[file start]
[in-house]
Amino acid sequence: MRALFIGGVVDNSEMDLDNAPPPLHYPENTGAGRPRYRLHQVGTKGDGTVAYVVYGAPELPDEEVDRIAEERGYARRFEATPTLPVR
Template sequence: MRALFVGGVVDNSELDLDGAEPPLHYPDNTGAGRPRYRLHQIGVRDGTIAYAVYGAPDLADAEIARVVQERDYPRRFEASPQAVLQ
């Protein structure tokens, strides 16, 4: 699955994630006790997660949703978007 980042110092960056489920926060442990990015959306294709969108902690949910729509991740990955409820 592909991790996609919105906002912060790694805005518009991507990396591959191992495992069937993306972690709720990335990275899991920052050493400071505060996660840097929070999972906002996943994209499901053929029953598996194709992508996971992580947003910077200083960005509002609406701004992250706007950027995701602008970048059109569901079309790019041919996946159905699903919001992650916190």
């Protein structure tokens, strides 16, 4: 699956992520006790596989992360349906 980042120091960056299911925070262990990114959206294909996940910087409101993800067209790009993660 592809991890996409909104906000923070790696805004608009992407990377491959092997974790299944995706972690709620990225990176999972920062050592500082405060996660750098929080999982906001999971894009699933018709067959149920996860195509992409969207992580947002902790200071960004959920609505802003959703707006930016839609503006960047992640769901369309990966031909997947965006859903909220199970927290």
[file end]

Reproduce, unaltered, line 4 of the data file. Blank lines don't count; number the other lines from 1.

């Protein structure tokens, strides 16, 4: 699955994630006790997660949703978007 980042110092960056489920926060442990990015959306294709969108902690949910729509991740990955409820 592909991790996609919105906002912060790694805005518009991507990396591959191992495992069937993306972690709720990335990275899991920052050493400071505060996660840097929070999972906002996943994209499901053929029953598996194709992508996971992580947003910077200083960005509002609406701004992250706007950027995701602008970048059109569901079309790019041919996946159905699903919001992650916190």